Before modern settlement began in the 1800s, the St. Andrew Bay area was home to Native Americans. Then, as today, the abundant fish in the Gulf of Mexico and St. Andrew Bay provided fresh seafood to those original locals, as well as visitors to the sandy white shores.
Spanish explorers gave the St. Andrew Bay its present name in the 1500's as they explored the northeast gulf coast. Pirates also found the deep pockets of the Bay to be a prime spot to lie in wait for richly laden European ships en route to Mexico or Spain. An old Spanish galleon and a 700-pound cannon were unearthed during construction of a motel in the early 60s, proving the presence of such pirates... and opening the door to the possibility of pirate treasure! Thanks to the sinking of modern day ships for artificial reefs, the Gulf of Mexico waters off Panama City Beach are well known with sport divers, who find treasure of a different kind in colorful marine life and underwater adventure, prompting Skin Diver Magazine to dub the area the "Wreck Diving Capital of the Southeast."
Although the area was alive with settlers and the St. Andrew Bay was even the site of a skirmish during the Civil War, Panama City Beach's history doesn't officially begin until May 2, 1936, when the city was founded. The city's name was reportedly based on being the nearest American port to the newly opened Panama Canal. Surrounding the new city were other, small cities known as West Panama City Beach, Long Beach and Edgewater. Some years later, the four merged to form a single chartered government, which kept the name of Panama City Beach.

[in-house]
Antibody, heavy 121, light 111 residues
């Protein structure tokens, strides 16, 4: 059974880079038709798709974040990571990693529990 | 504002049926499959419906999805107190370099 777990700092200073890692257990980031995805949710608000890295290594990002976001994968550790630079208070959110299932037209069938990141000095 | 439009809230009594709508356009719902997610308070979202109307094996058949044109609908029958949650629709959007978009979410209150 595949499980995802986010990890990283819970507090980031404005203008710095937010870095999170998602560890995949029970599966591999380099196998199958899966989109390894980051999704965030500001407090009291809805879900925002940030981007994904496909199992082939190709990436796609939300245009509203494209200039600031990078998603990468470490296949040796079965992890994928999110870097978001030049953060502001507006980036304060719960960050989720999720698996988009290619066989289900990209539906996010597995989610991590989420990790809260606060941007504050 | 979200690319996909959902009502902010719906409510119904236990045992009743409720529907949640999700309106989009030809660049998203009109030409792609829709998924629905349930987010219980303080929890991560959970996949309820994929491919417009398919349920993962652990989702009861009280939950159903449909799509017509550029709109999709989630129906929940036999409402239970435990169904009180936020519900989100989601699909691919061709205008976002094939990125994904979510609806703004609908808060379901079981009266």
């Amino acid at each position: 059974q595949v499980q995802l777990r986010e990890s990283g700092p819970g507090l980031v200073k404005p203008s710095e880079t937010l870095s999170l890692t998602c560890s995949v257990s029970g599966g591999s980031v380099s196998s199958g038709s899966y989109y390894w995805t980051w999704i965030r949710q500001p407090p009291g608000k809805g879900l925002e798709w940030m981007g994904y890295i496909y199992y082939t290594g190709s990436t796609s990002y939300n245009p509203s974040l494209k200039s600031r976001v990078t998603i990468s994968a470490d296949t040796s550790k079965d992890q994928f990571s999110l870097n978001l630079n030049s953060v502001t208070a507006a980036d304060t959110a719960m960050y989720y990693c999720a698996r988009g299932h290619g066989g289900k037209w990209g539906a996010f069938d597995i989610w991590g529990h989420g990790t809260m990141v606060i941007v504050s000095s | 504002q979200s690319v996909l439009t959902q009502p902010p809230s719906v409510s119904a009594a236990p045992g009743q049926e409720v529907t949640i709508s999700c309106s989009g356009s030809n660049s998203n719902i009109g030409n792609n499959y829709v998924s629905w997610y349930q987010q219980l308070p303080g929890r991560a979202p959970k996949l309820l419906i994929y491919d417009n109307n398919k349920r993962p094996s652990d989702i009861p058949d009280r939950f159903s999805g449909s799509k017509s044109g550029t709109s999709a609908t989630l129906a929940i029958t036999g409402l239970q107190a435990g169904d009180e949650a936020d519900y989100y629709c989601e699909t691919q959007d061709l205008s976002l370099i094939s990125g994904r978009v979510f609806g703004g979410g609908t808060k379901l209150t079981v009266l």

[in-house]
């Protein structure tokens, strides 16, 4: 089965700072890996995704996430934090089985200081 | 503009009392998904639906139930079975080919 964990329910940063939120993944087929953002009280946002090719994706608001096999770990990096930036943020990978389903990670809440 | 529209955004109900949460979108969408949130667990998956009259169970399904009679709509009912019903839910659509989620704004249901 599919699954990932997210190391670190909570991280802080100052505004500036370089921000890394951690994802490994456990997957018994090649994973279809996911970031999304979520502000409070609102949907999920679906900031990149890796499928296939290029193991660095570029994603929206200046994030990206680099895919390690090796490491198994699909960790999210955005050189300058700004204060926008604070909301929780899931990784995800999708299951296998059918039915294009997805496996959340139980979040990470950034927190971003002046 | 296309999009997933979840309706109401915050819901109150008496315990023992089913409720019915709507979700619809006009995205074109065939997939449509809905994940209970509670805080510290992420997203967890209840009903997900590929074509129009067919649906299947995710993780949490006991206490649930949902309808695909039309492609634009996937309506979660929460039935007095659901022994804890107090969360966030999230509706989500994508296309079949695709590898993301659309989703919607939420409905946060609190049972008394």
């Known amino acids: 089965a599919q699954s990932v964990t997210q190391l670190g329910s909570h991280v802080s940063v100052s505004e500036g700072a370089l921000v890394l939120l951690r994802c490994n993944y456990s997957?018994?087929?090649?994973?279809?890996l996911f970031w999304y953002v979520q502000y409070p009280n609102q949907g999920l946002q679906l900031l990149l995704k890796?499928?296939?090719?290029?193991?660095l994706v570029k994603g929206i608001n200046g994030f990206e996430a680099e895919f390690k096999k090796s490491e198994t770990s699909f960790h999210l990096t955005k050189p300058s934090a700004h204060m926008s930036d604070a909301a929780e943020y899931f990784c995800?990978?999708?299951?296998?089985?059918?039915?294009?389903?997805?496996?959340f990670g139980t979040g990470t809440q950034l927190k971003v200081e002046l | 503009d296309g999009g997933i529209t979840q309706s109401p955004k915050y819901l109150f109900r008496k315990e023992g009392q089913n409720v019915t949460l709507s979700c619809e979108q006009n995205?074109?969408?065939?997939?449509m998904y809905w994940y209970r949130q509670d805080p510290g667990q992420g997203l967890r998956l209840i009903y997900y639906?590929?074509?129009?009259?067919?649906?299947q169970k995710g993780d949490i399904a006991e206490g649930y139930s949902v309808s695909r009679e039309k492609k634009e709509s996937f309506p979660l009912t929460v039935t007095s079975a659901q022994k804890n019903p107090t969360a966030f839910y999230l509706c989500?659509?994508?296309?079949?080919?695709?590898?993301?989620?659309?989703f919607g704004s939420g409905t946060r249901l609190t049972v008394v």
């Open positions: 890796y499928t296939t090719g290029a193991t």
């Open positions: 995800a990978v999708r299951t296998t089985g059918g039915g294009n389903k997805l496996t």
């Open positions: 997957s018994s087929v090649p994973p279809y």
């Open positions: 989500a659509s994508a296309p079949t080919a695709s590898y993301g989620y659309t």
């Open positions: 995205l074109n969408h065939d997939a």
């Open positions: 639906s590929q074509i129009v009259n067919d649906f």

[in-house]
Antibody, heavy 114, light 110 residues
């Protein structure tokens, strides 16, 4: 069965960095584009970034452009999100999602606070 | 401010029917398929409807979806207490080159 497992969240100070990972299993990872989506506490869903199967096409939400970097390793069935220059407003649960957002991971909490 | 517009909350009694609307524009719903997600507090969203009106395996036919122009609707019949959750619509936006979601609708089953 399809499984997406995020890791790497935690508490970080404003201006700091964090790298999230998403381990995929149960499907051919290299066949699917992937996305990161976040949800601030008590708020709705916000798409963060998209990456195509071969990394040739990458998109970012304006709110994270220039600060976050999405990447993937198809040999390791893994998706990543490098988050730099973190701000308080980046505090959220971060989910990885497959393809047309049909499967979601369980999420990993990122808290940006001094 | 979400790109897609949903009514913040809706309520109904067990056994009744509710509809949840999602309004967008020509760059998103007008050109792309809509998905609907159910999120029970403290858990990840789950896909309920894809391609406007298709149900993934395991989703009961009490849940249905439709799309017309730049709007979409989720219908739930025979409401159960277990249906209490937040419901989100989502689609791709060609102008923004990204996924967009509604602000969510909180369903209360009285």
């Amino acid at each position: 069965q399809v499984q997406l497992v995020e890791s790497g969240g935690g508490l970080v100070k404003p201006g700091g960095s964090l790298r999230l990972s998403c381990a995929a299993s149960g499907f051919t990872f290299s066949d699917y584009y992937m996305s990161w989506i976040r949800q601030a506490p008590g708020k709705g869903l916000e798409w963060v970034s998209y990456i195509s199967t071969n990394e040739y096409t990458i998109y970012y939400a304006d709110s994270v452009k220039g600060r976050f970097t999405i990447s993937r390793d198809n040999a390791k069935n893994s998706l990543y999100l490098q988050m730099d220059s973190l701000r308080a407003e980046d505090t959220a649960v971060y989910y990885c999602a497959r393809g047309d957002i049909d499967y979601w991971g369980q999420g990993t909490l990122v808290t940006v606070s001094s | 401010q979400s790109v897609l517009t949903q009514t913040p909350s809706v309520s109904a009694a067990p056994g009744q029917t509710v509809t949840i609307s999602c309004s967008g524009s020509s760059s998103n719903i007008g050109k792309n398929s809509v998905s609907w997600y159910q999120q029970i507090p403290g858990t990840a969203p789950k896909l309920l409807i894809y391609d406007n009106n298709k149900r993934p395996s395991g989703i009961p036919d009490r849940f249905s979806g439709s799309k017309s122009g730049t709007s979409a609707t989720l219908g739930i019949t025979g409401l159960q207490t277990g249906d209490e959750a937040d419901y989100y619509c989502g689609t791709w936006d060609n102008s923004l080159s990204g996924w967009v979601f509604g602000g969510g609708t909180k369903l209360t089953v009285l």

In 1935, developer Gideon Thomas built the Panama City Hotel. Thomas saw great potential in the area for tourism development at a time when most people were only concerned with harvesting crops. Many criticized his vision of Panama City Beach, arguing that there was no future in what they deemed "the ugly white sand."
Thomas told his critics, "I'm not attempting to grow vegetables here; I'm going to grow people." And grow people he did! It wasn't long before Gideon Thomas' ideas began to catch on, and the beach became a popular destination for fun-loving travelers. In the 30s and 40s the beach was known for a beach bar called "The Hangout." The white building with bright red trim was a hotspot for dancing and mingling on the beach until it was destroyed by Hurricane Eloise in 1975.
Through the years the face of Panama City Beach has continued to evolve and change. Today it is a premiere destination for visitors from across the world, most of whom flock to bask in the Florida sun, play on the beautiful white sand beaches, and watch the same amazing sunsets over the Gulf of Mexico that travelers and locals alike have been treated to for thousands of years.